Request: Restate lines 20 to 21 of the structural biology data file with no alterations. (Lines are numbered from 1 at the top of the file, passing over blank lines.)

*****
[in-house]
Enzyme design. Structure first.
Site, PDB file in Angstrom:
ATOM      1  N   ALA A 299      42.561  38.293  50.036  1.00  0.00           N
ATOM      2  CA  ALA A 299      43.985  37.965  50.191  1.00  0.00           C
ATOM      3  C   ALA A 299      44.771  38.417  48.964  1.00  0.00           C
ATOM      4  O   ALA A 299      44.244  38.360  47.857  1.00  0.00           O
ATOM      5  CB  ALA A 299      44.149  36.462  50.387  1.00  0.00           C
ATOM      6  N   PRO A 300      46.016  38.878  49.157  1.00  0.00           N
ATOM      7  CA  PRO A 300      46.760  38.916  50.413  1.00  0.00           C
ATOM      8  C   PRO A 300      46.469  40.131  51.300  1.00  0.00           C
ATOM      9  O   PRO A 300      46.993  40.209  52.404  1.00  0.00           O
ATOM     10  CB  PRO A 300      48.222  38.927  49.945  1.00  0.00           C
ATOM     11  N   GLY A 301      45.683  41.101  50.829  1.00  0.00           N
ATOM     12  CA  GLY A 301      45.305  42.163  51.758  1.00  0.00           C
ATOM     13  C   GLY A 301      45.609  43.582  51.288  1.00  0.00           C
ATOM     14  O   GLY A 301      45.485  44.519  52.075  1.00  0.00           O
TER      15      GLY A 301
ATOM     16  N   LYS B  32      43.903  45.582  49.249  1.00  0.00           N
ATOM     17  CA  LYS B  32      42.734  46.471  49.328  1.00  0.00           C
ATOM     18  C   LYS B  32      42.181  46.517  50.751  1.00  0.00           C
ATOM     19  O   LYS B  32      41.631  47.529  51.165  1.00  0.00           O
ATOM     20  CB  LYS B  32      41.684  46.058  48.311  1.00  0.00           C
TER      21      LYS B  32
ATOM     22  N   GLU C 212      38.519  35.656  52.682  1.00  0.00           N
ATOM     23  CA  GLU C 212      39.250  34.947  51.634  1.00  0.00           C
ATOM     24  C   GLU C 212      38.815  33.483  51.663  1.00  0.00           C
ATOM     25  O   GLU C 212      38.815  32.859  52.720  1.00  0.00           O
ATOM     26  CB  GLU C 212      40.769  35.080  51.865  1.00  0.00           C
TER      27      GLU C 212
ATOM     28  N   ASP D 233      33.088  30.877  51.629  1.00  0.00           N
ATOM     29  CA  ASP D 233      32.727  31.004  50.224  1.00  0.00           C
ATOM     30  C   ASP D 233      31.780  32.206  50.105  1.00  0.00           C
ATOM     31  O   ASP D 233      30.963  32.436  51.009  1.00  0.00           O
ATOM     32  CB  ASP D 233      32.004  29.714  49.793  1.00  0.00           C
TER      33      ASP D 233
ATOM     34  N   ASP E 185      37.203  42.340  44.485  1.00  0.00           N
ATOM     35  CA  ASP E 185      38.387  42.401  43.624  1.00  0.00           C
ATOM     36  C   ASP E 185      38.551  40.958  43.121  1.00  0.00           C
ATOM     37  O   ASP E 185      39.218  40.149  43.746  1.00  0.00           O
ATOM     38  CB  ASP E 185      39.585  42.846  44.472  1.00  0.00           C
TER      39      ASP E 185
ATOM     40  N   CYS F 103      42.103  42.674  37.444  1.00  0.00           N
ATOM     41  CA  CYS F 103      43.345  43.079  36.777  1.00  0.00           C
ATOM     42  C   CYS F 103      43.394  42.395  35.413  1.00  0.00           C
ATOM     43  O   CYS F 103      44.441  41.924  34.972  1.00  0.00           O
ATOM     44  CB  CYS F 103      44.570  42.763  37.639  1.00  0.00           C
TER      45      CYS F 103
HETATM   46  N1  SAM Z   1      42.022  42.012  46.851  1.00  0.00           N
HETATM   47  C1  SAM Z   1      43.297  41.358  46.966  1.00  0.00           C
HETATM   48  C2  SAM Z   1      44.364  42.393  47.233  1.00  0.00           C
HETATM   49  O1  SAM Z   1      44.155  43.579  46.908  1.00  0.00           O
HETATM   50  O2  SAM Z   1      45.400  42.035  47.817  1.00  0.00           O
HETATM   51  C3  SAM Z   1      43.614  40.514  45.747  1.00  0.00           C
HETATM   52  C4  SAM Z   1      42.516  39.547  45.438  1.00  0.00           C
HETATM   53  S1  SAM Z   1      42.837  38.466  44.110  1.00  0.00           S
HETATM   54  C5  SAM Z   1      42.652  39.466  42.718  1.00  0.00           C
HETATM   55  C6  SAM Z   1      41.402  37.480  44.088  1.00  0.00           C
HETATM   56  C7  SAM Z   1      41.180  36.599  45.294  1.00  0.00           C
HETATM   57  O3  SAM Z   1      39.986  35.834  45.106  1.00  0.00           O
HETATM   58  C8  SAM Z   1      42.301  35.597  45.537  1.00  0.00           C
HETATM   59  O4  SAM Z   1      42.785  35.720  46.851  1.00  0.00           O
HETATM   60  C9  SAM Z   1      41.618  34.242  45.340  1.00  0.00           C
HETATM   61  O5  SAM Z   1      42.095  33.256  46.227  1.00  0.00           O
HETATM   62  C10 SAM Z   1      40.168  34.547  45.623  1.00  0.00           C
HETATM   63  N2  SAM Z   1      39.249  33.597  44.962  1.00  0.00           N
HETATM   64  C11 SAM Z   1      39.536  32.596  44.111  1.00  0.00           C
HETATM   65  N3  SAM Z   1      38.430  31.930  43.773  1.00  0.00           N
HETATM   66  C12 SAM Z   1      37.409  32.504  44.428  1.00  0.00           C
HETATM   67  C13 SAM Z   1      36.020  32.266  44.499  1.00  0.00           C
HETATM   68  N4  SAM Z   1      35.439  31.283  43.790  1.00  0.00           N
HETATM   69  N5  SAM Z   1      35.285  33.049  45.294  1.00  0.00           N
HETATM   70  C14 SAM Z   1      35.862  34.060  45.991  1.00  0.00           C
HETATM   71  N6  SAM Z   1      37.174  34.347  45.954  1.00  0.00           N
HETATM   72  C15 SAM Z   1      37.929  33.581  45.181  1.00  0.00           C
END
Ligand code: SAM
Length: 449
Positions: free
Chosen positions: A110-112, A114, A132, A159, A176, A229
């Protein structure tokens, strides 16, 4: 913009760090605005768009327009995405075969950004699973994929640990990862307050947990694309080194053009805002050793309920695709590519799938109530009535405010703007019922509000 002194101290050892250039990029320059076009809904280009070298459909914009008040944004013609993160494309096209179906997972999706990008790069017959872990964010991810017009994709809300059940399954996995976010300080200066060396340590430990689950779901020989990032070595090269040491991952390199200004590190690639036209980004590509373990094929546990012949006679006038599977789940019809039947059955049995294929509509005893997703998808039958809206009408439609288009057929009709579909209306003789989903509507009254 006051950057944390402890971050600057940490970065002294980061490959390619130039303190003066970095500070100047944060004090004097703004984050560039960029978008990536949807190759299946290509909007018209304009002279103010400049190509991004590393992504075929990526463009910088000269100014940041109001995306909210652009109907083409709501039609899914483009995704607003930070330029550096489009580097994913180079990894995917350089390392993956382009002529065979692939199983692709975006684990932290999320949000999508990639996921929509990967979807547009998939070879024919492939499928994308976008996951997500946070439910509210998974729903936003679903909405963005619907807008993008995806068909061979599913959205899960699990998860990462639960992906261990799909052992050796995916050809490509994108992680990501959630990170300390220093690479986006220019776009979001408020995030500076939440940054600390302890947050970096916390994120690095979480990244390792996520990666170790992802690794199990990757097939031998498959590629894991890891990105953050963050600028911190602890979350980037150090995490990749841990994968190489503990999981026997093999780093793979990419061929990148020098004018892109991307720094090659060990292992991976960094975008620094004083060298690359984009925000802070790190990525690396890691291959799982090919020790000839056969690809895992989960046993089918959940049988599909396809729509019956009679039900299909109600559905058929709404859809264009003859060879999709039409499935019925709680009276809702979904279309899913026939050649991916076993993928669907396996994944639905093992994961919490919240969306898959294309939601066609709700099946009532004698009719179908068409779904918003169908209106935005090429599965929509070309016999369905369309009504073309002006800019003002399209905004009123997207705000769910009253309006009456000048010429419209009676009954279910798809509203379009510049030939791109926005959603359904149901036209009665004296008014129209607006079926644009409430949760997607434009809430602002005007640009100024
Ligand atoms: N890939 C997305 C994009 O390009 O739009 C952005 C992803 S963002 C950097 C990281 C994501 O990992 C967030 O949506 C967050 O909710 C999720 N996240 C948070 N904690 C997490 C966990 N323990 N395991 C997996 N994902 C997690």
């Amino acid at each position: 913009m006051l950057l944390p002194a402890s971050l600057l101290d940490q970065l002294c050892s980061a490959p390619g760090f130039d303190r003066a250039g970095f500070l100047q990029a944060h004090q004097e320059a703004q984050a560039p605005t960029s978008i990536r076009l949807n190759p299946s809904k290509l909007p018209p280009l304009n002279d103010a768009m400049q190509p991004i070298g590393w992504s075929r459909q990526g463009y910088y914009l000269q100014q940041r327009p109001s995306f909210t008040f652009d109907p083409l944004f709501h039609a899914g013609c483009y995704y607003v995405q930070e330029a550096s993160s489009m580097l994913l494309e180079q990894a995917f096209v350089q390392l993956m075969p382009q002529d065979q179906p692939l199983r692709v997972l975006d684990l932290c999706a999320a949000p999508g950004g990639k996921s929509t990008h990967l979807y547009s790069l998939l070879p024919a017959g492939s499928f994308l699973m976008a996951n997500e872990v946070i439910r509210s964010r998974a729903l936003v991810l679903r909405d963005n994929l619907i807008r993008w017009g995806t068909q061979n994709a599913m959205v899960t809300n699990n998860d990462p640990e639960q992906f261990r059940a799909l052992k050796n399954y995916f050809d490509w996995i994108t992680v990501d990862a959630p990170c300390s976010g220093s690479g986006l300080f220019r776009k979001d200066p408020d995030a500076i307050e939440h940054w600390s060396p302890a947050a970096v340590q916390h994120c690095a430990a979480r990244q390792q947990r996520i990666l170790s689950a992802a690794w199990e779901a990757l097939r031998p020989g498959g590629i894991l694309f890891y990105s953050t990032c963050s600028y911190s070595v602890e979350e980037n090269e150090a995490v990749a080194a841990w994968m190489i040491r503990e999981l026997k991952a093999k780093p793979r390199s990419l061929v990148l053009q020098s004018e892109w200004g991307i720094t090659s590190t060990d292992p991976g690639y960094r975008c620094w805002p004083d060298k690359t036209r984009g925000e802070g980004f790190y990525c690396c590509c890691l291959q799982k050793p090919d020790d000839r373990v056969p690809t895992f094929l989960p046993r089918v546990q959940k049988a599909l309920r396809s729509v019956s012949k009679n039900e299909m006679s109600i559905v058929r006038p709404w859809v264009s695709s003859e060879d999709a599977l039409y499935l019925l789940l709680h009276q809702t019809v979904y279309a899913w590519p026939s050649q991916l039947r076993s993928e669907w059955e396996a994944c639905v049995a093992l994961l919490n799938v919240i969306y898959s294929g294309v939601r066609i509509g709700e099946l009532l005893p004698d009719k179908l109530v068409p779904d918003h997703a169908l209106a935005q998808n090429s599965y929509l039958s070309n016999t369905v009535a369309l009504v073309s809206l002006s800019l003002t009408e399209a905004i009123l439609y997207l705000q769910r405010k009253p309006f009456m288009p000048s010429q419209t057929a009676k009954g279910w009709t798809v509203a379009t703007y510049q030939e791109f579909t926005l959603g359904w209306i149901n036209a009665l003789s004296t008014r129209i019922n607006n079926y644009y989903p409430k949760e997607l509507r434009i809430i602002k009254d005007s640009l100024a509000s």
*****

ATOM     17  CA  LYS B  32      42.734  46.471  49.328  1.00  0.00           C
ATOM     18  C   LYS B  32      42.181  46.517  50.751  1.00  0.00           C